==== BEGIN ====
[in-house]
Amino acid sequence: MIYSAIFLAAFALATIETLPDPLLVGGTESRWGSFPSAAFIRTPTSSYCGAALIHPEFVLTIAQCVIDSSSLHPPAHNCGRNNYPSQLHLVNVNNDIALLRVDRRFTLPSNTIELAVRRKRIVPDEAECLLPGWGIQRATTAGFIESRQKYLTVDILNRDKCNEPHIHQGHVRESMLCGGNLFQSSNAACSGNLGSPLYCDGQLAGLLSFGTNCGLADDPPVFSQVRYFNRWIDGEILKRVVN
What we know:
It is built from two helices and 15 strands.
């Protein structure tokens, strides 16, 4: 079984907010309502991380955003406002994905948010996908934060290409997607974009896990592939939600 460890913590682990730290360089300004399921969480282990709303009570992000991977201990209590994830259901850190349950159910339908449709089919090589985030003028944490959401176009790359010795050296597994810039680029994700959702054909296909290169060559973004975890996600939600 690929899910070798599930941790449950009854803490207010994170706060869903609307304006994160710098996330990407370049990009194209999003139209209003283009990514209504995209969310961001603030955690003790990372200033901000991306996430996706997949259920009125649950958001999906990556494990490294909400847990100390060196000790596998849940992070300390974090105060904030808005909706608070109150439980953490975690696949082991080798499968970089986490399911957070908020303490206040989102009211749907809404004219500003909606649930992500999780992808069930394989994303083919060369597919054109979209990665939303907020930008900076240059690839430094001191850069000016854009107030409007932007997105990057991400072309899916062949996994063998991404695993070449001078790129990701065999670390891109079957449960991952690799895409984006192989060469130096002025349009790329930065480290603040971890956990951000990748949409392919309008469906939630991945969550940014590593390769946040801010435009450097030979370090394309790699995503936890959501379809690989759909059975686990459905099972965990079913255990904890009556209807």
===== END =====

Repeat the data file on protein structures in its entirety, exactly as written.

[in-house]
Amino acid sequence: MIYSAIFLAAFALATIETLPDPLLVGGTESRWGSFPSAAFIRTPTSSYCGAALIHPEFVLTIAQCVIDSSSLHPPAHNCGRNNYPSQLHLVNVNNDIALLRVDRRFTLPSNTIELAVRRKRIVPDEAECLLPGWGIQRATTAGFIESRQKYLTVDILNRDKCNEPHIHQGHVRESMLCGGNLFQSSNAACSGNLGSPLYCDGQLAGLLSFGTNCGLADDPPVFSQVRYFNRWIDGEILKRVVN
What we know:
It is built from two helices and 15 strands.
């Protein structure tokens, strides 16, 4: 079984907010309502991380955003406002994905948010996908934060290409997607974009896990592939939600 460890913590682990730290360089300004399921969480282990709303009570992000991977201990209590994830259901850190349950159910339908449709089919090589985030003028944490959401176009790359010795050296597994810039680029994700959702054909296909290169060559973004975890996600939600 690929899910070798599930941790449950009854803490207010994170706060869903609307304006994160710098996330990407370049990009194209999003139209209003283009990514209504995209969310961001603030955690003790990372200033901000991306996430996706997949259920009125649950958001999906990556494990490294909400847990100390060196000790596998849940992070300390974090105060904030808005909706608070109150439980953490975690696949082991080798499968970089986490399911957070908020303490206040989102009211749907809404004219500003909606649930992500999780992808069930394989994303083919060369597919054109979209990665939303907020930008900076240059690839430094001191850069000016854009107030409007932007997105990057991400072309899916062949996994063998991404695993070449001078790129990701065999670390891109079957449960991952690799895409984006192989060469130096002025349009790329930065480290603040971890956990951000990748949409392919309008469906939630991945969550940014590593390769946040801010435009450097030979370090394309790699995503936890959501379809690989759909059975686990459905099972965990079913255990904890009556209807």